|Publication number||US7165609 B2|
|Application number||US 10/842,955|
|Publication date||Jan 23, 2007|
|Filing date||May 10, 2004|
|Priority date||Mar 22, 2000|
|Also published as||US20050000684|
|Publication number||10842955, 842955, US 7165609 B2, US 7165609B2, US-B2-7165609, US7165609 B2, US7165609B2|
|Inventors||Maurice William Slack, Trent Michael Victor Kaiser, Daniel Mark Shute|
|Original Assignee||Noetic Engineering Inc.|
|Export Citation||BiBTeX, EndNote, RefMan|
|Patent Citations (46), Referenced by (12), Classifications (19), Legal Events (5)|
|External Links: USPTO, USPTO Assignment, Espacenet|
This is a continuation-in-part of U.S. patent application Ser. No. 10/239,454, filed Feb. 26, 2003, now U.S. Pat. No. 6,732,822, priority of the filing date of which is hereby claimed under 35 U.S.C. § 120.
The manufacture, assembly and use of tubular systems in drilling and constructing wells frequently involves operations where the tubular work piece must be gripped and handled to enable the application of axial and torsional loads.
In U.S. Pat. No. 6,732,822 there was described and claimed an apparatus for handling tubular goods having an internal gripping device for handling tubular work pieces. There was also described the use of articulated couplings. It has now been realized that the articulated couplings illustrated and described were equally important to the internal gripping device claimed, as they permit the transfer of torque with little or not moment or lateral resistance. Once the principles underlying the use of the articulated coupling are understood, beneficial results may be obtained even when other configurations of gripping devices (internal or external) are used to engage the tubular goods.
According to this aspect of the present invention there is provided an apparatus for handling tubular goods which includes an elongate tubular body having a peripheral sidewall and opposed ends. The peripheral sidewall has a plurality of axial slots arranged circumferentially around the tubular body parallel to an axis of the tubular body. An articulating coupling protrudes from at least one of the opposed ends. The articulated coupling includes an insert positioned within the tubular body with radial pins that engage the slots, the pins being axially movable along the slots. Means are provided for engaging a tubular good at one of the opposed ends.
The upper adapter is coupled to the grip assembly by means of a tube having upper and lower universal joints which enable lateral movement during transmission of torque, as is commonly employed in applications where torque is transmitted over some length, such as in automobile drive shafts flexibly coupled through universal joints. The grip assembly is further arranged to permit the grip to be activated, or set, by application of right hand torque and deactivated or released by application of left hand torque when a first operating mode is engaged. In a second operating mode, either left or right hand torque is transferred directly through the grip without changing the grip force. The first or setting mode is engaged by application of slight axial compressive load, or by setting the quill down. The second or direct torque mode is engaged by application of slight tension or by lifting the quill up once the grip is set. These simple, fast and direct means of gripping and releasing provide substantial operational improvements over the existing methods.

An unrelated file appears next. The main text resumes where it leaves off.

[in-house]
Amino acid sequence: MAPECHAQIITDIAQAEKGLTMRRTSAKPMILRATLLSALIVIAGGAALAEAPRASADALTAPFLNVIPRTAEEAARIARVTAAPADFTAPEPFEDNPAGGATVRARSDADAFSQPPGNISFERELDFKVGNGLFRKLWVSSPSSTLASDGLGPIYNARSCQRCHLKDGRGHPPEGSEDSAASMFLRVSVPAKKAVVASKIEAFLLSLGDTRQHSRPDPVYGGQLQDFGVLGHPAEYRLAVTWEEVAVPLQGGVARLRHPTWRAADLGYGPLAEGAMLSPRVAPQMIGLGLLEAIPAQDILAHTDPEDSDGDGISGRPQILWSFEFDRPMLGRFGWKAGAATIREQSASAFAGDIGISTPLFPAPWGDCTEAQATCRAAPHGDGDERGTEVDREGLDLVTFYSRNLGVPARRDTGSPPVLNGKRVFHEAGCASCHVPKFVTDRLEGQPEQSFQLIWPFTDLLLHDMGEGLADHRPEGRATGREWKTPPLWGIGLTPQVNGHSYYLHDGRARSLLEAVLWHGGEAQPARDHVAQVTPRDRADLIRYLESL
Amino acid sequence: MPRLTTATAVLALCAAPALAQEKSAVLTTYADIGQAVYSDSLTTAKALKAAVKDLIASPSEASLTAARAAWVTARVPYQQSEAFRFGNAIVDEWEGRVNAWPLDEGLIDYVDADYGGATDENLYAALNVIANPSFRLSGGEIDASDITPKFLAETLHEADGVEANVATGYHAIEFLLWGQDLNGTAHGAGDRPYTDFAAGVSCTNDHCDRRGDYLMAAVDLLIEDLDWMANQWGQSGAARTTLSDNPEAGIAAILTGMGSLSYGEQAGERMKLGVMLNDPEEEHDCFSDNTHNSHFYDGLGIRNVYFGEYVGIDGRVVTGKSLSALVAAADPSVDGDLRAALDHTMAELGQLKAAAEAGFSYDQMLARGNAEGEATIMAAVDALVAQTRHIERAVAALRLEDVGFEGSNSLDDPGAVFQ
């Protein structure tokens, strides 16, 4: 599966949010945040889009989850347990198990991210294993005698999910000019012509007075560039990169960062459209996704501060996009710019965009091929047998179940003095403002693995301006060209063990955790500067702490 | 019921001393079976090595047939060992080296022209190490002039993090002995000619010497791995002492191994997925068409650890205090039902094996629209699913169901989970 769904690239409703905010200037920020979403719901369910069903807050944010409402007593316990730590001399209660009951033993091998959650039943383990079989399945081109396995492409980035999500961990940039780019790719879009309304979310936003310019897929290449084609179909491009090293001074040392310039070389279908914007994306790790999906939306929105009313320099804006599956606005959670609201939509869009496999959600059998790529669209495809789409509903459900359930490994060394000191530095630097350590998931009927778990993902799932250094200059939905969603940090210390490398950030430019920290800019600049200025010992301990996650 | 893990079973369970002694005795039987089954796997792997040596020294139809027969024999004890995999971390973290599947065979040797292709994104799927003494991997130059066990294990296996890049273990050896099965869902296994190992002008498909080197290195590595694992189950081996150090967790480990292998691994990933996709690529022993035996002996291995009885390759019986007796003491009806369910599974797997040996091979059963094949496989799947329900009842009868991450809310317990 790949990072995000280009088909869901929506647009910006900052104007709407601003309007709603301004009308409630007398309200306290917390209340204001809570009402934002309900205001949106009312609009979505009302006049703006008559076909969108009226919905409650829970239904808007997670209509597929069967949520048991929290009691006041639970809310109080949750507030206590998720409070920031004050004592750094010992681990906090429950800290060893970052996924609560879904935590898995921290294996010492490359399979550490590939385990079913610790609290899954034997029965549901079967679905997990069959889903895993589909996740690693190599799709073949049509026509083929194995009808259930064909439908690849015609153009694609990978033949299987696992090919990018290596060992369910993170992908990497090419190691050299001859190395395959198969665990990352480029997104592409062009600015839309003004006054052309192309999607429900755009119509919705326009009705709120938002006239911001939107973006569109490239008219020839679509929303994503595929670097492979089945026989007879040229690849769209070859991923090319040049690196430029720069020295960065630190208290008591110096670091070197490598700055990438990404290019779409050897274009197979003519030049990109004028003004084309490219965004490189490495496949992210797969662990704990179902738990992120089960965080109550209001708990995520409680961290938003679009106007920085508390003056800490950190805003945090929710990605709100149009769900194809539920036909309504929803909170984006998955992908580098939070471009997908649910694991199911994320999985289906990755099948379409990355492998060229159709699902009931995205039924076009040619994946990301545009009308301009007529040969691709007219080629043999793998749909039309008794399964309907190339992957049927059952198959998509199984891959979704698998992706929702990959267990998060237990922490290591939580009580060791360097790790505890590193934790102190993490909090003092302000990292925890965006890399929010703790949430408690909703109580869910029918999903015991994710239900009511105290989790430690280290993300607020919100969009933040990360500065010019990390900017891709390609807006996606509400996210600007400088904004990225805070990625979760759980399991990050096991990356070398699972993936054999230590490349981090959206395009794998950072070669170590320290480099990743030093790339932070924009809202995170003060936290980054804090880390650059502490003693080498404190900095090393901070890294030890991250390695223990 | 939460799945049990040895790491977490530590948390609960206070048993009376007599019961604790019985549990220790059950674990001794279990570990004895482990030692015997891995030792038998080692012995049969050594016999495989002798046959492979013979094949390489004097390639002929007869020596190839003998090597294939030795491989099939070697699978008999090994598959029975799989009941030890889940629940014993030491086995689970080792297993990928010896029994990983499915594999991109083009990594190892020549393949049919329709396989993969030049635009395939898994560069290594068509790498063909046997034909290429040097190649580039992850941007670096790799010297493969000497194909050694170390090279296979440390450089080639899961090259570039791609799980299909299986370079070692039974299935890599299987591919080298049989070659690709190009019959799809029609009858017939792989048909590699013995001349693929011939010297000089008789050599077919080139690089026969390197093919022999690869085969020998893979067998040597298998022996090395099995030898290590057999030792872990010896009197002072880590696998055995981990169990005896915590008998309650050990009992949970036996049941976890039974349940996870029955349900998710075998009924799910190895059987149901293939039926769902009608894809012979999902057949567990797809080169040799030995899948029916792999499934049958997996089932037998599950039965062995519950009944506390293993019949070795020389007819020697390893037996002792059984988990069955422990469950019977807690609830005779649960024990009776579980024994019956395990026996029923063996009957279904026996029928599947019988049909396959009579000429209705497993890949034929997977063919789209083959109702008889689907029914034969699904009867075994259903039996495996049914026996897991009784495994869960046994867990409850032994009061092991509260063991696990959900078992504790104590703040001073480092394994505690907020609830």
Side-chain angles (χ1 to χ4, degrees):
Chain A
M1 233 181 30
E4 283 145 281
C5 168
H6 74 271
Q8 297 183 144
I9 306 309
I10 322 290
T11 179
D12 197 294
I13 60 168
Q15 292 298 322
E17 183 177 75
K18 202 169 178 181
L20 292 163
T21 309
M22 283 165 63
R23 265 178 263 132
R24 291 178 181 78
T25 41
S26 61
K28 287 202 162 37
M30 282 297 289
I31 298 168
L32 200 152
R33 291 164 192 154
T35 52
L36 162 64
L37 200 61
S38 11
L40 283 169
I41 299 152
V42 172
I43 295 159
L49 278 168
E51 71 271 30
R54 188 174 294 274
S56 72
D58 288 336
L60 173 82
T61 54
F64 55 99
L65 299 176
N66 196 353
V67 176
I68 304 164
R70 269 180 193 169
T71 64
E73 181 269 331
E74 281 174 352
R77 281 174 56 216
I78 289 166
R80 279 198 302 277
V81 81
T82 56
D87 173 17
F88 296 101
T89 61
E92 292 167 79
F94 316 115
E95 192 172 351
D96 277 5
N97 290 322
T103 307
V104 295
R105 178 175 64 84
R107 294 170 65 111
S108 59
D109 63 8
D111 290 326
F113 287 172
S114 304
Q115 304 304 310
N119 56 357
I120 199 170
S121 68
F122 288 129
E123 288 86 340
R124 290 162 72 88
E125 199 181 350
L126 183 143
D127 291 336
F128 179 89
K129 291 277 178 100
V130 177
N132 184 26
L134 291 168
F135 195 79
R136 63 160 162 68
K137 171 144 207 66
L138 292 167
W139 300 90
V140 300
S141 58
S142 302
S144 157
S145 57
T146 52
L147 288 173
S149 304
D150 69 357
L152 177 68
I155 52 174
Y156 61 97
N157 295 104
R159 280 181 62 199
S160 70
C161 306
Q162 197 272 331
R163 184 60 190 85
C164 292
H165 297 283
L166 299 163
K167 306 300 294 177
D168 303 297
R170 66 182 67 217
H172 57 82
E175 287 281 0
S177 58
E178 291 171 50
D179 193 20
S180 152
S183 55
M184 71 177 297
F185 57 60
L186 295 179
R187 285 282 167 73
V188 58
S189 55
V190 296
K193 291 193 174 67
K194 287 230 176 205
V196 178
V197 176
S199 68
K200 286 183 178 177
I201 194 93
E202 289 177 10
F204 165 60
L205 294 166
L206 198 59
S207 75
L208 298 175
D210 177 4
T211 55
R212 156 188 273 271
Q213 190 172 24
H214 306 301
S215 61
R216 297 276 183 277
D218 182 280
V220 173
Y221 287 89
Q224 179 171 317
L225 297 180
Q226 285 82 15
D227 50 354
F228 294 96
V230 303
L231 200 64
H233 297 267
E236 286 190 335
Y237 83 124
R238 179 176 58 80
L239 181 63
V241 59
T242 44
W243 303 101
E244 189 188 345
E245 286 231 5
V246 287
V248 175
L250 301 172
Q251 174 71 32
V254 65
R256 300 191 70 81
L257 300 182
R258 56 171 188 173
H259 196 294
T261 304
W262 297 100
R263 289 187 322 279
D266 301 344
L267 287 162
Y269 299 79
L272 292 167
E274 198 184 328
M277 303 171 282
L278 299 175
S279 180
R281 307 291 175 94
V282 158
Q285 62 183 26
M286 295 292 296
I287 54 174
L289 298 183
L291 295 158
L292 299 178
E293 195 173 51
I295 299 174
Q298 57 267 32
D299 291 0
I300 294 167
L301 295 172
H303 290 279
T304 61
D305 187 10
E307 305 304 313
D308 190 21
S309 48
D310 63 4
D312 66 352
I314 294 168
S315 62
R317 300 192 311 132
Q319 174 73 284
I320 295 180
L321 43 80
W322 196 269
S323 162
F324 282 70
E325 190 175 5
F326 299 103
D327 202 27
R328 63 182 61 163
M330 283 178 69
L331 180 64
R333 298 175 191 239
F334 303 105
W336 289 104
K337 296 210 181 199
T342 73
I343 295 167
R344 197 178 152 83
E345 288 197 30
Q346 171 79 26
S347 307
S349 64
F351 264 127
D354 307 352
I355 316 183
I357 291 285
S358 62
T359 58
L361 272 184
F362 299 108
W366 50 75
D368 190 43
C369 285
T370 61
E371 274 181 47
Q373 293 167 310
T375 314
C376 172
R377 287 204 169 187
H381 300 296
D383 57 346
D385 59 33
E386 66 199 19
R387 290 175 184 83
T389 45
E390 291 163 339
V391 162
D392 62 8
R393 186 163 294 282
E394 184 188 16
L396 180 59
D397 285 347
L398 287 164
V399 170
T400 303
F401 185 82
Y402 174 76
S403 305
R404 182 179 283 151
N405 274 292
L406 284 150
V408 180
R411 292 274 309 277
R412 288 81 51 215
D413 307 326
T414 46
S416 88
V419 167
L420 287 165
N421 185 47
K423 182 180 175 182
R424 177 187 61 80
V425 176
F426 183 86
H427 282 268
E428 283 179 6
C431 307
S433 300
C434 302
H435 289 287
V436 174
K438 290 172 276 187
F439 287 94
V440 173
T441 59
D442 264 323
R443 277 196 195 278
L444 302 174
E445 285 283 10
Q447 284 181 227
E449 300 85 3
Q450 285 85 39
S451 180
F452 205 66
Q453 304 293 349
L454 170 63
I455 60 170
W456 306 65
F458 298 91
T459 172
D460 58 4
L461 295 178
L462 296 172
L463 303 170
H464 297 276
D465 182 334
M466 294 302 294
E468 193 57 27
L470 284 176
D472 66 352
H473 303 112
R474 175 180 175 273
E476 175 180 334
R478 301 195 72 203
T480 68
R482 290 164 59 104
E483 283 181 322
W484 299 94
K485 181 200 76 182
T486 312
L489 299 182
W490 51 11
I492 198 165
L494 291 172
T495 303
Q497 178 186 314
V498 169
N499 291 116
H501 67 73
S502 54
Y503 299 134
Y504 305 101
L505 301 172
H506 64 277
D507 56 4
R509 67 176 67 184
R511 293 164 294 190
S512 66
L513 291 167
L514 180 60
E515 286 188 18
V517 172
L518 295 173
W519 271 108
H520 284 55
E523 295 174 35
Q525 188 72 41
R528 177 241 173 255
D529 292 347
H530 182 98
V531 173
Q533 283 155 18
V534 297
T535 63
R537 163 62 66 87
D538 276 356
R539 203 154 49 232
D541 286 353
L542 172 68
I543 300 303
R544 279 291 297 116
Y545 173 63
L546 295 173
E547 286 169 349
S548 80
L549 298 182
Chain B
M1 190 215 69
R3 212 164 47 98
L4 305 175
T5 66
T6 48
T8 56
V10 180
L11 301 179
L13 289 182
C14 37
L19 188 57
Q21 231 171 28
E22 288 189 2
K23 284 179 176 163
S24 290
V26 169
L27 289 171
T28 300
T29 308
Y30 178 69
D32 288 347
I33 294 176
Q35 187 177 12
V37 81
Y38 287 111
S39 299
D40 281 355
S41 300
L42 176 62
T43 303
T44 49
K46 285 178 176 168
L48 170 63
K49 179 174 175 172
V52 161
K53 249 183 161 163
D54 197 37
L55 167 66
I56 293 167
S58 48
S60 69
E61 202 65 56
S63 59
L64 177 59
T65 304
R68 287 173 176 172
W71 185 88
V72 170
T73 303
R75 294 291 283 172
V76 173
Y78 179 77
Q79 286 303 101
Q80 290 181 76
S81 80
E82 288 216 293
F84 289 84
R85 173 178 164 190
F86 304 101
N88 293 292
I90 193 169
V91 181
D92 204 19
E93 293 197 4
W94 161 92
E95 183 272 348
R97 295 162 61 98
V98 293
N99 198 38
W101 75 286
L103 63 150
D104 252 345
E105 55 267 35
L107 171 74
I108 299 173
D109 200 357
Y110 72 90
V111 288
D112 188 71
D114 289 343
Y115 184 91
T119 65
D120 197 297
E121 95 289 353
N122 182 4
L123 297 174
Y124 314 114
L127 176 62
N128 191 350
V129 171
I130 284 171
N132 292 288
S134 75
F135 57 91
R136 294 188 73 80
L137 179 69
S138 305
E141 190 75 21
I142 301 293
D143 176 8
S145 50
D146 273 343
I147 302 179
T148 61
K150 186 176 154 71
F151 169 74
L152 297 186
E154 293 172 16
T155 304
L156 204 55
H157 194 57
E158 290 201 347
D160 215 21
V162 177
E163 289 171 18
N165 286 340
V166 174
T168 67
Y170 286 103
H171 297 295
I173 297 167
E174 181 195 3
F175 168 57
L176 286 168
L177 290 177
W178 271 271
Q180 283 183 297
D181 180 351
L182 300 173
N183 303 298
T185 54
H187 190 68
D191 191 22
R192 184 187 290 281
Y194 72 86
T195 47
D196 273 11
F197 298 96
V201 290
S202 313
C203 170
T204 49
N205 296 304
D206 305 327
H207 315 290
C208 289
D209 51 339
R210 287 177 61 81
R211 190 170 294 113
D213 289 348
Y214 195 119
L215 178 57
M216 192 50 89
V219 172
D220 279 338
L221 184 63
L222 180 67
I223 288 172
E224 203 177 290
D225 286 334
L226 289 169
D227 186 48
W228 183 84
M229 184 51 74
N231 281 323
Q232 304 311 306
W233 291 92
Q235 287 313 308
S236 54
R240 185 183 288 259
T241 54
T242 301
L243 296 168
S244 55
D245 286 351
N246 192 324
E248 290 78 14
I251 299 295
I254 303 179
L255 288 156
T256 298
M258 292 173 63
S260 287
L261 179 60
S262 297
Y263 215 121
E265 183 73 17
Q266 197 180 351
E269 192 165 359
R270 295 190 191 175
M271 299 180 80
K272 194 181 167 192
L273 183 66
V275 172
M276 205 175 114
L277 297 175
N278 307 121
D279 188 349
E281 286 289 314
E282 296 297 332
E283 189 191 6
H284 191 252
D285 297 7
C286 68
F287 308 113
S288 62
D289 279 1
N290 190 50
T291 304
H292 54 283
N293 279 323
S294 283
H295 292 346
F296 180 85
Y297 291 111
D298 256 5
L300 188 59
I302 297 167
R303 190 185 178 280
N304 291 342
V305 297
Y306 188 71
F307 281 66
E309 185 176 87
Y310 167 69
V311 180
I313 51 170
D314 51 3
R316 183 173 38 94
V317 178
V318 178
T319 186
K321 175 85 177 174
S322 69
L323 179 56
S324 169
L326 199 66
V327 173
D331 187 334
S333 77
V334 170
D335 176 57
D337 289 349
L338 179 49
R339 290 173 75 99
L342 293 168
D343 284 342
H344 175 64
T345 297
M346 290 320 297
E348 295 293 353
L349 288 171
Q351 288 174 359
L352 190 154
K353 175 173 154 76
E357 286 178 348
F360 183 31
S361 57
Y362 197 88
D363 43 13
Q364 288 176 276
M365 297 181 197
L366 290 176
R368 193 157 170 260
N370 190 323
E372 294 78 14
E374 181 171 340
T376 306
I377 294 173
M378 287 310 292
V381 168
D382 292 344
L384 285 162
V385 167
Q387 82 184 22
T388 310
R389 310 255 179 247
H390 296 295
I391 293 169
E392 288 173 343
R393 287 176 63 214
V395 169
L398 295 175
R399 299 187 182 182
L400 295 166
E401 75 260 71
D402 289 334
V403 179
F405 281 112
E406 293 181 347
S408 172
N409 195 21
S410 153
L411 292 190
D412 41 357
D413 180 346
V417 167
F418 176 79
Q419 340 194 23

A primary purpose of the present invention is to provide a method employing an internal gripping device for handling tubular work pieces in general and particularly suited to perform make up and break out of pipe joints being run in or out of a well with a top drive drilling rig, having as its gripping mechanism a sub-assembly comprised of:
Said expandable cage of the gripping mechanism having a lower and upper end:
Said means to provide cage expansion is preferably provided by:
An additional purpose of the present invention is to provide a tubular gripping and handling device having said gripping sub-assembly joined to an external load and torque application device, such as the quill of a top drive rig, through a load transfer member or drive shaft, flexibly coupled at each end where such flexible couplers function as universal joints enabling transfer of torque with little or no moment or lateral resistance.
This purpose is preferably realized by:
A further purpose of the present invention is to provide a means to flow fluid and apply pressure through the top drive adapter and into the tubular work piece being gripped. This purpose is realized by providing a flow path through the crossover sub, drive shaft and tool mandrel and is preferably augmented by provision of an internal cup seal, such as a packer or swab cup, attached to the lower end of the mandrel to prevent leakage into the annular space between the mandrel and inside surface of the tubular work piece.